JERUSALEM (AP) — Israeli and Palestinian minors accused of crimes in the West Bank are subject to two different sets of laws. Israeli settlers are prosecuted under Israeli civilian law, while Palestinians are thrust into the military justice system. Critics complain that the conviction rate in the military system is higher and the penalties stiffer. Here are some statistics about juvenile arrests between 2008 and 2013 from Israel's national police force:
TOTAL ARRESTS FOR ALL CRIMES:
INDICTMENT RATE FOR ALL CRIMES:
Palestinians: 45 percent
Israelis: 34 percent
TOTAL ARRESTS FOR STONE THROWING:
INDICTMENTS FOR STONE-THROWING:
Palestinians: 46 percent.
Israelis: Six cases, or 11 percent.
INDICTMENTS RESULTING IN CONVICTIONS:
Palestinians: 100 percent
Israelis: Four found guilty but not convicted. One was cleared. Fate of last case unknown.News Topics: General news, Judiciary, Crime, Government and politics
People, Places and Companies: West Bank, Israel, Palestinian territories, Middle East
BEIT UMAR, West Bank (AP) — The boys were both 15, with the crackly voices and awkward peach fuzz of adolescence. They lived just a few minutes away from one another in the West Bank. And both were accused of throwing stones at vehicles, one day after the other.
But there was a crucial difference that helped to shape each boy's fate: One was Israeli, and the other Palestinian.
The tale of the two teens provides a stark example of the vast disparities of Israel's justice system in the West Bank, a contested area at the heart of the elusive search for a lasting peace.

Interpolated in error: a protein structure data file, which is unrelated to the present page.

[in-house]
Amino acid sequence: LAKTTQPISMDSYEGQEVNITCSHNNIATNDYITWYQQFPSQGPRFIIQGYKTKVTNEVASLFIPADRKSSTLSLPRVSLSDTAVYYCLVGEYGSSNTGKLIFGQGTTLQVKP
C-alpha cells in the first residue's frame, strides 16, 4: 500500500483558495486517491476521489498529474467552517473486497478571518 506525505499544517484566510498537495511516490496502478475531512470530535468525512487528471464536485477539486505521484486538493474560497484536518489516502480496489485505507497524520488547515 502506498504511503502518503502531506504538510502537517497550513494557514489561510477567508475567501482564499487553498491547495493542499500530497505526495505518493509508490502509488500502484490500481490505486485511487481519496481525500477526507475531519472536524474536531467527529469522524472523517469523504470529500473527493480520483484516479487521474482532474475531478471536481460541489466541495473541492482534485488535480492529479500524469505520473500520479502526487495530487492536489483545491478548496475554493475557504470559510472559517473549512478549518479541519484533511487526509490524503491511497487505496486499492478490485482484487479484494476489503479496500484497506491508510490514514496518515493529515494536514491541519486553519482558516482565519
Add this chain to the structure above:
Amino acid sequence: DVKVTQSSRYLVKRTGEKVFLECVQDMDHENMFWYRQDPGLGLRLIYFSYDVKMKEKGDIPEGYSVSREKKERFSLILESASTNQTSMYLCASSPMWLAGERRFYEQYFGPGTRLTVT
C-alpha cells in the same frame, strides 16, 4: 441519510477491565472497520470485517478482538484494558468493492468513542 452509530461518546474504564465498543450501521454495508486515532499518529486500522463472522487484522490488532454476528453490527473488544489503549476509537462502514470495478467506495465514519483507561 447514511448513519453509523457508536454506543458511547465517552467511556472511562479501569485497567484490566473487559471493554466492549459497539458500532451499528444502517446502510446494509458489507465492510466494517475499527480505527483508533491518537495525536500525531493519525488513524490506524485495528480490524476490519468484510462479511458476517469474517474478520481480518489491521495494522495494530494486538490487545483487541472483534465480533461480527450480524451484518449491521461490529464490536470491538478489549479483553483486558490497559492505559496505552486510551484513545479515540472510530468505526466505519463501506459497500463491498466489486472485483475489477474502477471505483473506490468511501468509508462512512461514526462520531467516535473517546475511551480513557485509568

While Israeli settlers in the West Bank fall mostly under civilian rule, Palestinians are subject to Israeli military law. Israeli and Palestinian youths face inequities at every stage in the path of justice, from arrests to convictions and sentencing, according to police statistics obtained by The Associated Press through multiple requests under Israel's freedom of information law.
The results can ripple for years.
"Jail destroyed his life," said the Palestinian boy's father.
Only 53 Israeli settler youths were arrested for stone-throwing over the past six years, the data shows, and 89 percent were released without charge. Six were indicted. Four of those were found "guilty without conviction," a common sentence for Israeli juveniles that aims not to stain their record. One was cleared. The sixth case was still in court as of October, the most recent information available.
By contrast, 1,142 Palestinian youths were arrested by police over the same period for throwing stones, and 528 were indicted. All were convicted. Lawyers say the penalty is typically three to eight months in military prison.